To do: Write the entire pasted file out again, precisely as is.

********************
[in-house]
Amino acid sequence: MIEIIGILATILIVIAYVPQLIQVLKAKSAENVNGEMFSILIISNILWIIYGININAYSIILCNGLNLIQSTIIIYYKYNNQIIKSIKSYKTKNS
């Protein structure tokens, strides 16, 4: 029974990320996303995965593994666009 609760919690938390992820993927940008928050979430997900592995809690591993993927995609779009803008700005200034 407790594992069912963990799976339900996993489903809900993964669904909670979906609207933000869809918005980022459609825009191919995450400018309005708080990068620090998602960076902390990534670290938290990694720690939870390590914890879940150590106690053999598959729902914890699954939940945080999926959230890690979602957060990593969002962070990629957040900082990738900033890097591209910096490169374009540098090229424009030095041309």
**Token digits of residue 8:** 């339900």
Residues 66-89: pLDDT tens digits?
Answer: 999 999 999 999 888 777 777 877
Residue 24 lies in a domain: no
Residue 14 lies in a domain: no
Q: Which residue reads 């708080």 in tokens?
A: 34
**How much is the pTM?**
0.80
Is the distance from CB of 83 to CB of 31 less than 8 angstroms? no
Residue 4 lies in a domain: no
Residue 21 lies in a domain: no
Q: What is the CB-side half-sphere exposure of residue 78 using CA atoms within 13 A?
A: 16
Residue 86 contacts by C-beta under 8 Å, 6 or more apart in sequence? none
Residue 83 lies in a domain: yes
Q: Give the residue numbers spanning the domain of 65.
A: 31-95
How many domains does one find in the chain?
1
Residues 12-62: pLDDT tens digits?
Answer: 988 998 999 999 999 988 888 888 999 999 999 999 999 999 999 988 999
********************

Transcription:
[in-house]
Amino acid sequence: MIEIIGILATILIVIAYVPQLIQVLKAKSAENVNGEMFSILIISNILWIIYGININAYSIILCNGLNLIQSTIIIYYKYNNQIIKSIKSYKTKNS
């Protein structure tokens, strides 16, 4: 029974990320996303995965593994666009 609760919690938390992820993927940008928050979430997900592995809690591993993927995609779009803008700005200034 407790594992069912963990799976339900996993489903809900993964669904909670979906609207933000869809918005980022459609825009191919995450400018309005708080990068620090998602960076902390990534670290938290990694720690939870390590914890879940150590106690053999598959729902914890699954939940945080999926959230890690979602957060990593969002962070990629957040900082990738900033890097591209910096490169374009540098090229424009030095041309």
**Token digits of residue 8:** 């339900």
Residues 66-89: pLDDT tens digits?
Answer: 999 999 999 999 888 777 777 877
Residue 24 lies in a domain: no
Residue 14 lies in a domain: no
Q: Which residue reads 């708080």 in tokens?
A: 34
**How much is the pTM?**
0.80
Is the distance from CB of 83 to CB of 31 less than 8 angstroms? no
Residue 4 lies in a domain: no
Residue 21 lies in a domain: no
Q: What is the CB-side half-sphere exposure of residue 78 using CA atoms within 13 A?
A: 16
Residue 86 contacts by C-beta under 8 Å, 6 or more apart in sequence? none
Residue 83 lies in a domain: yes
Q: Give the residue numbers spanning the domain of 65.
A: 31-95
How many domains does one find in the chain?
1
Residues 12-62: pLDDT tens digits?
Answer: 988 998 999 999 999 988 888 888 999 999 999 999 999 999 999 988 999